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What's on Great Sacred Music, Sunday, March 9, 2014

Location: North Carolina, USA
Great Sacred Music airs every Sunday morning from 8 until 11 a.m. eastern on The Classical Station.
Most of the music on this week's playlist can also be found on Spotify at this link: GSM - March 9, 2014
Also on Sunday evenings you can hear more choral music both sacred and secular on Wavelengths and Peaceful Reflections
beginning at 9 p.m. eastern.
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08:02:00
Sir Michael Tippett: Plebs Angelica
Choir of Christ Church Cathedral, Oxford, Stephen Darlington
 
Tippett wrote this motet for double choir for the Choir of Canterbury Cathedral in 1943.
 
08:04:53
Anonymous: An English Ladymass
Anonymous 4
 
Anonymous 4 has been synonymous with sublime plainchant singing since 1986.
 
08:18:17
J.C. Bach: Laudate pueri Dominum
L'Orfeo Barockorchester, Michi Gaigg
Emma Kirkby, soprano; Markus Schafer, tenor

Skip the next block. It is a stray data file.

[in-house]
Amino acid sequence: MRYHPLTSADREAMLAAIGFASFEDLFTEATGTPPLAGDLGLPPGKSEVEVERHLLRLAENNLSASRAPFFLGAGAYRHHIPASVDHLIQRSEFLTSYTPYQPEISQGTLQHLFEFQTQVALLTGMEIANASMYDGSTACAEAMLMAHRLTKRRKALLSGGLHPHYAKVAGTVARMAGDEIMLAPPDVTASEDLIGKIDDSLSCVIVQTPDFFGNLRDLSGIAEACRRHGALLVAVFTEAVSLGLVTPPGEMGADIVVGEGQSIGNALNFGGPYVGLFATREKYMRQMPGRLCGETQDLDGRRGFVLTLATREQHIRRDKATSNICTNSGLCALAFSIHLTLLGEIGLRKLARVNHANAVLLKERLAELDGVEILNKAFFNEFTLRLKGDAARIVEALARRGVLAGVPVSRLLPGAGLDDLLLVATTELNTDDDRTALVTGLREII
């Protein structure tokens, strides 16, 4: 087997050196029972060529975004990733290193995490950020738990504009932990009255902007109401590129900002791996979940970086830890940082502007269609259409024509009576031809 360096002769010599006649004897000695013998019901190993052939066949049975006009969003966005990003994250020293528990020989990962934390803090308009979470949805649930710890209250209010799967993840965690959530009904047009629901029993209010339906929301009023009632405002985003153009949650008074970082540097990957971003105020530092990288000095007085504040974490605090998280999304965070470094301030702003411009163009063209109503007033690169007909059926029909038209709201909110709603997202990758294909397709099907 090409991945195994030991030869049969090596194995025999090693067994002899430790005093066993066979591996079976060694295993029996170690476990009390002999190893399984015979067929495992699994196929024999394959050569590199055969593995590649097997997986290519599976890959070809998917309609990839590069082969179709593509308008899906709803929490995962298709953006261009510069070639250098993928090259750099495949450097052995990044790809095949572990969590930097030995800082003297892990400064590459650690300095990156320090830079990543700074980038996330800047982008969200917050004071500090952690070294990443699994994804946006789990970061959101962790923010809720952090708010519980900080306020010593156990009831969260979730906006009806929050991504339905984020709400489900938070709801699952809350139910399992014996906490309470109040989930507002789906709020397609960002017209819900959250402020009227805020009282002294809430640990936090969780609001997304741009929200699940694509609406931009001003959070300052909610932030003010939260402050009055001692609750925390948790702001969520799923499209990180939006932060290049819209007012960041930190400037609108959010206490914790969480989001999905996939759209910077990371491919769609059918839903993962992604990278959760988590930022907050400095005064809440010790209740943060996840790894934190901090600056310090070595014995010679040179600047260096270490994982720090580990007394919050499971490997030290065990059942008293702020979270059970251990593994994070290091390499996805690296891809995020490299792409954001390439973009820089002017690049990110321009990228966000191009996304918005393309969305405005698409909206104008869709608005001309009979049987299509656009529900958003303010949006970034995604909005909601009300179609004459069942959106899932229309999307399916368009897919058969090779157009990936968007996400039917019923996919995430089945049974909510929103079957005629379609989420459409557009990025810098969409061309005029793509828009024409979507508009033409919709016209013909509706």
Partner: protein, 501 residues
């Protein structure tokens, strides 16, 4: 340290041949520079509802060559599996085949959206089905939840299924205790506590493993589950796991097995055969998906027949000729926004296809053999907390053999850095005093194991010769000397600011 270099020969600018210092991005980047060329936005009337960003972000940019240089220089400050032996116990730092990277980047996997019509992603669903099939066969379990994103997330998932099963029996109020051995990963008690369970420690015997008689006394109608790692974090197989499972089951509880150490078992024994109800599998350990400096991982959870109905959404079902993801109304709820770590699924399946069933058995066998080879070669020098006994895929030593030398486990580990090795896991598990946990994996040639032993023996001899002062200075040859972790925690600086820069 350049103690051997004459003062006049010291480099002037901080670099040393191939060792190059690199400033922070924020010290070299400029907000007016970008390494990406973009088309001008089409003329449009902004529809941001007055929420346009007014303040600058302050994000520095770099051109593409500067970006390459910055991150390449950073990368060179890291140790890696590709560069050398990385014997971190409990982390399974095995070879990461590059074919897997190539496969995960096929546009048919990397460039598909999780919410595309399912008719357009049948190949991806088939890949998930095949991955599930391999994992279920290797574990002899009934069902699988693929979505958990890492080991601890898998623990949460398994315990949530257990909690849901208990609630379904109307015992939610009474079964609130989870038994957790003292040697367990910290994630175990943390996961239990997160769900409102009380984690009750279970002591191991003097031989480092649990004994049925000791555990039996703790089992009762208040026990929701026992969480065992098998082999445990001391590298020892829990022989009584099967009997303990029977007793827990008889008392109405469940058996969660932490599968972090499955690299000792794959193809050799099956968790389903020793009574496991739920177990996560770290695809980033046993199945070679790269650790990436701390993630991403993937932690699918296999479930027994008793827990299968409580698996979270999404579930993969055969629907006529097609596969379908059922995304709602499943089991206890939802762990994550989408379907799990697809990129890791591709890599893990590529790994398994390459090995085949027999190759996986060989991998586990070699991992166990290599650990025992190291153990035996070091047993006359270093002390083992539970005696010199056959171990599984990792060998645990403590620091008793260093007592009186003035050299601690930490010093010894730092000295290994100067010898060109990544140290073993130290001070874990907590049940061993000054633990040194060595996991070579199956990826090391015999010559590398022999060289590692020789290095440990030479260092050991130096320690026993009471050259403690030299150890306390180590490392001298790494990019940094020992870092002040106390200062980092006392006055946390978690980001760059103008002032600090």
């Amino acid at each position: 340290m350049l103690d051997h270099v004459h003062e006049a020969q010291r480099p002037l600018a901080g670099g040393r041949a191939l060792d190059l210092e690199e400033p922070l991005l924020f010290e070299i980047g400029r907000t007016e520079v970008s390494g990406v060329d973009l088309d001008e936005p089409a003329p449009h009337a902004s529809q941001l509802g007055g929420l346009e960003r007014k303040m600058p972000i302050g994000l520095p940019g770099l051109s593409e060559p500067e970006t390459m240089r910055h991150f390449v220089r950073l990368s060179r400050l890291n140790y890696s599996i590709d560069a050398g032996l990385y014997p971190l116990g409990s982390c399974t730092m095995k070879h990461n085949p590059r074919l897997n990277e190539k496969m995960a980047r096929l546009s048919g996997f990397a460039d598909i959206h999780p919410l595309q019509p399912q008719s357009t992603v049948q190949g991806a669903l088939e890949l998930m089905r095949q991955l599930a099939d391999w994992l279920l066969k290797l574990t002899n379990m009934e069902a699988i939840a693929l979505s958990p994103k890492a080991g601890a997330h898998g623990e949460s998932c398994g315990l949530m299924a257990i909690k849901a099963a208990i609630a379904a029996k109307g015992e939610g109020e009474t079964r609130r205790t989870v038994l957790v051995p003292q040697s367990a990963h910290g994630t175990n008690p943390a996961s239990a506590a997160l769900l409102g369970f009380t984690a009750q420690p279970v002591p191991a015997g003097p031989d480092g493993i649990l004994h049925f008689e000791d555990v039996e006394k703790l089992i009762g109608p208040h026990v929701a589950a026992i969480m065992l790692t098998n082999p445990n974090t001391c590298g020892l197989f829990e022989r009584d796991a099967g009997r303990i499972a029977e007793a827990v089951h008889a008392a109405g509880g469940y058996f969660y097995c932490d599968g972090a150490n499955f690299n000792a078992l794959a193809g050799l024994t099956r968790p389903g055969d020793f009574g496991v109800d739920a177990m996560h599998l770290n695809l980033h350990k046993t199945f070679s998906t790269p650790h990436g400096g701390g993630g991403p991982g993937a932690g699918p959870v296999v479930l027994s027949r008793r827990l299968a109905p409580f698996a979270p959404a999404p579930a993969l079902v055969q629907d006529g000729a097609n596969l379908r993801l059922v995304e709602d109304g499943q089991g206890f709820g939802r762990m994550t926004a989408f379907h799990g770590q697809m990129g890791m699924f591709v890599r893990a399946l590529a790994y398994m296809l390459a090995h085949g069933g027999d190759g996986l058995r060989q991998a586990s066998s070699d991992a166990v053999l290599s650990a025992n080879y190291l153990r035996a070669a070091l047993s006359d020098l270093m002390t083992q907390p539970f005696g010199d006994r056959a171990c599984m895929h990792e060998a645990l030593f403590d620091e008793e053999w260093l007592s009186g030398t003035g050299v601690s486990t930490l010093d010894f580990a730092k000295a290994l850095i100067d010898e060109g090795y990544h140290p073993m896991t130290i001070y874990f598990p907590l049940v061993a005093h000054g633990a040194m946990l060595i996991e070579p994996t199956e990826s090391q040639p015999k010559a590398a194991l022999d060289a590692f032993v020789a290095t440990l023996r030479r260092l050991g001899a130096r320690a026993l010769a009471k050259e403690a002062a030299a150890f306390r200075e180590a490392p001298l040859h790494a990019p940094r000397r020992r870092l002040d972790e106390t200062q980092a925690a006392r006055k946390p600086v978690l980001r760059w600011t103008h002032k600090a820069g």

Johann Christian Bach (1735 –1782) was the youngest son of Johann Sebastian Bach.
He was appointed organist of Milan Cathedral in 1760.
  
08:42:55
Richard Strauss: Hymne, Op.34 No.2
Schutz Choir of London, Sir Roger Norrington
Jessica Cash, soprano; Jean Temperley, mezzo-soprano;
Wynford Evans, tenor; Stephen Varcoe, bass
 
Richard Strauss wrote his Hymne for 16 part mixed unaccompanied choir in 1897.
  
08:57:10
Herbert Murrill: Carillon
Andrew Lucas, organ
Mander/Willis organ in St. Paul's Cathedral, London
 
Herbert Murrill (1909 –1952) was a Professor of Composition at the Royal Academy of Music.
 
09:01:41
J.S. Bach: Missa Brevis in F, BWV 233
Pygmalion, Raphael Pichon
 
Bach’s Missa Breves of which there are six set only the Kyrie and Gloria as was the Lutheran custom.
Pygmalion is a highly-acclaimed French vocal and instrumental ensemble.
 
09:28:51
Gabriel Faure: Requiem, Op. 48
Saint Thomas Choir of Men and Boys;
Orchestra of St. Luke's, John Scott
Richard Pittsinger, treble; David Pittsinger, bass-baritone; Frederick Teardo, organ
 
Faure’s requiem was first performed at L'église de la Madeleine, Paris in 1888.
 
10:06:04
Leo Sowerby: The Throne of God
William Ferris Chorale; Composer Festival Orchestra
William Ferris
Thomas Weisflog, organ
 
Dr. Sowerby’s sacred cantata, The Throne of God, takes its text from the Book of Revelation.
It dates from 1956.
 
10:54:04
Jehan Alain: Litanies
Eric Lebrun, organ
 
Jehan Alain (1911-1940) came from a musical French family. He was killed in World War II leaving
behind his wife and three children as well as a musical oeuvre considered by many to be some of the
most original music of its time.